So now, all we can do is wait. It's unlikely Burns signs a massive extension before the season starts. But we're still a long way from hitting the panic button. In the meantime, let's watch Pacific Division rivals scramble to sign their restricted free agents before the season starts. Anaheim has Hampus Lindholm and Rickard Rakell (KHL rumors and all) to lock up. Calgary needs to retain their young superstar Johnny Gaudreau. Around the league, Jacob Trouba has asked for a trade out of Winnipeg, while Nikita Kucherov and Rasmus Ristolainen are the other high profile RFA's who have yet to sign with Tampa Bay and Buffalo, respectively.
Stay tuned for updates on Brent Burns. Sharks hockey is back tomorrow! Preseason game against Vancouver.
San Jose has made 10 cuts as training camp is set to begin.
Jacob Middleton, Jason Fram, and Jalen Chatfield are the try-out players who survived the first round of cuts. Here are the remaining 54 players.
San Jose has released a list of 64 players who will attend their training camp set to begin in a few days. With the World Cup of Hockey underway, a few players will miss the start of camp as they represent their country (or continent) in Toronto. Joe Pavelski is captaining the United States. Joe Thornton, Logan Couture, Marc-Edouard Vlasic, and Brent Burns are with Canada. Joonas Donskoi is with Finland and Mikkel Boedker on Team Europe.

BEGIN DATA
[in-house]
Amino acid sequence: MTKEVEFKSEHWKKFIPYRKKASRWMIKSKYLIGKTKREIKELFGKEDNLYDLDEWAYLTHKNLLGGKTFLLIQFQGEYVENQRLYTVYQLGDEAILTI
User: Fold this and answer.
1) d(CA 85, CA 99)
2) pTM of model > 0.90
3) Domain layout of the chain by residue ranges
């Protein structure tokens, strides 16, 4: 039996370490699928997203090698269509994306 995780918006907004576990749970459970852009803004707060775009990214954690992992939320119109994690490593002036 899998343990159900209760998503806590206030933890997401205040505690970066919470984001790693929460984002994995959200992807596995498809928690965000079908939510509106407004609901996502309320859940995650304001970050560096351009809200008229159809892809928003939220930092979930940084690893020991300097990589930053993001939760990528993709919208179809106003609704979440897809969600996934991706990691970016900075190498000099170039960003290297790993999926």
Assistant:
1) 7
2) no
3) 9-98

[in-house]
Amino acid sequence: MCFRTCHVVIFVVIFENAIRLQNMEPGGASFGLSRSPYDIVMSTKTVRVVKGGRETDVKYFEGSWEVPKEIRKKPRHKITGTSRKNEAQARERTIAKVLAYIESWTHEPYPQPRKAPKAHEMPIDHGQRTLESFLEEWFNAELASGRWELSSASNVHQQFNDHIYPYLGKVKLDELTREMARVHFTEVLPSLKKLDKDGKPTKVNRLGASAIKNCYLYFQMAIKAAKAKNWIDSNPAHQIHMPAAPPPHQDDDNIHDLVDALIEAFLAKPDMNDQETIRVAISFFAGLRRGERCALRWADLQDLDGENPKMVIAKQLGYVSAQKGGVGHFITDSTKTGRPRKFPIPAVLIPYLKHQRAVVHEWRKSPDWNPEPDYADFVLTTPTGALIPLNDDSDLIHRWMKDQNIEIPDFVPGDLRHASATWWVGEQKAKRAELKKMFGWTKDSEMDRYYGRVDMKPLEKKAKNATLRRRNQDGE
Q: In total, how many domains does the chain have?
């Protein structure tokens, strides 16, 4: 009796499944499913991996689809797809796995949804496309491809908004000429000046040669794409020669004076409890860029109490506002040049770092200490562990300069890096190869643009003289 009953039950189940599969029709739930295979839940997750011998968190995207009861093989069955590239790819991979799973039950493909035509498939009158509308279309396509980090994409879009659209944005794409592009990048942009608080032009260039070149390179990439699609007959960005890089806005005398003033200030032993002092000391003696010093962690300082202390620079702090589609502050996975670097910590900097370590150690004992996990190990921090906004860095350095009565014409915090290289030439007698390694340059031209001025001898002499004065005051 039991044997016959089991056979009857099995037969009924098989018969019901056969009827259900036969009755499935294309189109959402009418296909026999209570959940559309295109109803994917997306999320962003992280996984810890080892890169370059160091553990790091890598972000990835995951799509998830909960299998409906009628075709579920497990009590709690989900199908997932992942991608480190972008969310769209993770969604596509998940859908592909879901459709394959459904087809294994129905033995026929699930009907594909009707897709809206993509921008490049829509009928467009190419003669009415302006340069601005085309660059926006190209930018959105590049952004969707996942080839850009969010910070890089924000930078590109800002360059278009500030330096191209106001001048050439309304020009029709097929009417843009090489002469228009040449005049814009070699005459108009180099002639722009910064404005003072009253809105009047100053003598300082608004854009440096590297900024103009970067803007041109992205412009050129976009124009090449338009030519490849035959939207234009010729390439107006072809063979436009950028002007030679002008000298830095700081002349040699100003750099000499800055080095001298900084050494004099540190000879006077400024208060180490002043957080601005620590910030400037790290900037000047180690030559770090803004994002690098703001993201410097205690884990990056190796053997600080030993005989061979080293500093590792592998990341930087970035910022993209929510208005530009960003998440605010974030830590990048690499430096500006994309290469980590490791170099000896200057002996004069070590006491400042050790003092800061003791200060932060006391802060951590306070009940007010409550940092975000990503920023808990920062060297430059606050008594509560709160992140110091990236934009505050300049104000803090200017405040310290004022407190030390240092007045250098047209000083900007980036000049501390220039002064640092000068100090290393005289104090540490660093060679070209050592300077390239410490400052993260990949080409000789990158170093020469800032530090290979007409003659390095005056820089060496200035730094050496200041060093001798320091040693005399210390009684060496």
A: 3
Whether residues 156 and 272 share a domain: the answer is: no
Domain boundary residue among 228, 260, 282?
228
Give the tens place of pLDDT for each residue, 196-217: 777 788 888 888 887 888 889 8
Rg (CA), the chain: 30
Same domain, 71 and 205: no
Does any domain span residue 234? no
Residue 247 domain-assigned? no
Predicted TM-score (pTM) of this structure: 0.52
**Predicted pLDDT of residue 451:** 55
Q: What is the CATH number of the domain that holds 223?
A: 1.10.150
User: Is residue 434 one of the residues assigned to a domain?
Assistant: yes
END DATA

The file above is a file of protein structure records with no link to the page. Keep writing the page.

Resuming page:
Invitees Tyler Nother, Darren Raddysh, Jacob Middleton, Jason Fram, Jalen Chatfield, Luke Philp, and Jermaine Loewen will all be playing for a contract. Just a few more weeks until NHL hockey is back!
Training camp is about to begin which means the 2016 offseason is coming to an end. It was the Sharks shortest offseason in history after making the Stanley Cup Finals a few months ago. With added depth and familiarity of Coach DeBoer and his system, San Jose heads into the season with one goal in mind: Win the franchise's first Cup. Here is a full recap of what went down this summer.